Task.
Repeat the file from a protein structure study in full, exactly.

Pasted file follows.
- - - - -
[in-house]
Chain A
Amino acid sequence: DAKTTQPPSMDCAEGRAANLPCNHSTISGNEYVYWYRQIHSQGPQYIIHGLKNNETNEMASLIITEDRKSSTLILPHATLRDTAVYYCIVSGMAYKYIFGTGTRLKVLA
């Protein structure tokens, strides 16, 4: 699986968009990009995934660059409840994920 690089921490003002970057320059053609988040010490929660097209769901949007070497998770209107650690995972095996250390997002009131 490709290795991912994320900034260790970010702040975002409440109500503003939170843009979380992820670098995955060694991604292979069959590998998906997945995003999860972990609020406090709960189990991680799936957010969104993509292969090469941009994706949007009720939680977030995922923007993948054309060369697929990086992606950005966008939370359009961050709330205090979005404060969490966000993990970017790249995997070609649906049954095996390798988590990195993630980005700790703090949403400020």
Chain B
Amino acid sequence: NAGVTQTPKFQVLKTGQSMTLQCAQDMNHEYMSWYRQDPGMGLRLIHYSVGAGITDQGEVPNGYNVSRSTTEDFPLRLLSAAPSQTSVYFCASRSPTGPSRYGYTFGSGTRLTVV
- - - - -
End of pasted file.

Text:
[in-house]
Chain A
Amino acid sequence: DAKTTQPPSMDCAEGRAANLPCNHSTISGNEYVYWYRQIHSQGPQYIIHGLKNNETNEMASLIITEDRKSSTLILPHATLRDTAVYYCIVSGMAYKYIFGTGTRLKVLA
């Protein structure tokens, strides 16, 4: 699986968009990009995934660059409840994920 690089921490003002970057320059053609988040010490929660097209769901949007070497998770209107650690995972095996250390997002009131 490709290795991912994320900034260790970010702040975002409440109500503003939170843009979380992820670098995955060694991604292979069959590998998906997945995003999860972990609020406090709960189990991680799936957010969104993509292969090469941009994706949007009720939680977030995922923007993948054309060369697929990086992606950005966008939370359009961050709330205090979005404060969490966000993990970017790249995997070609649906049954095996390798988590990195993630980005700790703090949403400020």
Chain B
Amino acid sequence: NAGVTQTPKFQVLKTGQSMTLQCAQDMNHEYMSWYRQDPGMGLRLIHYSVGAGITDQGEVPNGYNVSRSTTEDFPLRLLSAAPSQTSVYFCASRSPTGPSRYGYTFGSGTRLTVV